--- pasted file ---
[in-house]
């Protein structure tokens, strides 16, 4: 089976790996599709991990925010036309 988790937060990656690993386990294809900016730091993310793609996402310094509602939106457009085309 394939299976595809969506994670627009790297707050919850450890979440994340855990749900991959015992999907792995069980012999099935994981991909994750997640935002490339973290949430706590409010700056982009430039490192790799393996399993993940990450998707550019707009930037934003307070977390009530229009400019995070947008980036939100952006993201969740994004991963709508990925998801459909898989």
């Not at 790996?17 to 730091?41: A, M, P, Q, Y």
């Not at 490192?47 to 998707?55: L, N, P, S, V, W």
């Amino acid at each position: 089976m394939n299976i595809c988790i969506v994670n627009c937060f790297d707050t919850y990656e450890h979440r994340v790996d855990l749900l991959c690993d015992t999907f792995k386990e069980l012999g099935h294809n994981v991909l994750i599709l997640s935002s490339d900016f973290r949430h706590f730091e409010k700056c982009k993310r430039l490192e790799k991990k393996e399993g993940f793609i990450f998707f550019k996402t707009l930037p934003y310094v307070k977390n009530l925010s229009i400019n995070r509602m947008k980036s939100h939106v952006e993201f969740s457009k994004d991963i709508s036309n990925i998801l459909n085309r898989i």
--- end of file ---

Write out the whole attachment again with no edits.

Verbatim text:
[in-house]
């Protein structure tokens, strides 16, 4: 089976790996599709991990925010036309 988790937060990656690993386990294809900016730091993310793609996402310094509602939106457009085309 394939299976595809969506994670627009790297707050919850450890979440994340855990749900991959015992999907792995069980012999099935994981991909994750997640935002490339973290949430706590409010700056982009430039490192790799393996399993993940990450998707550019707009930037934003307070977390009530229009400019995070947008980036939100952006993201969740994004991963709508990925998801459909898989």
């Not at 790996?17 to 730091?41: A, M, P, Q, Y």
């Not at 490192?47 to 998707?55: L, N, P, S, V, W």
């Amino acid at each position: 089976m394939n299976i595809c988790i969506v994670n627009c937060f790297d707050t919850y990656e450890h979440r994340v790996d855990l749900l991959c690993d015992t999907f792995k386990e069980l012999g099935h294809n994981v991909l994750i599709l997640s935002s490339d900016f973290r949430h706590f730091e409010k700056c982009k993310r430039l490192e790799k991990k393996e399993g993940f793609i990450f998707f550019k996402t707009l930037p934003y310094v307070k977390n009530l925010s229009i400019n995070r509602m947008k980036s939100h939106v952006e993201f969740s457009k994004d991963i709508s036309n990925i998801l459909n085309r898989i």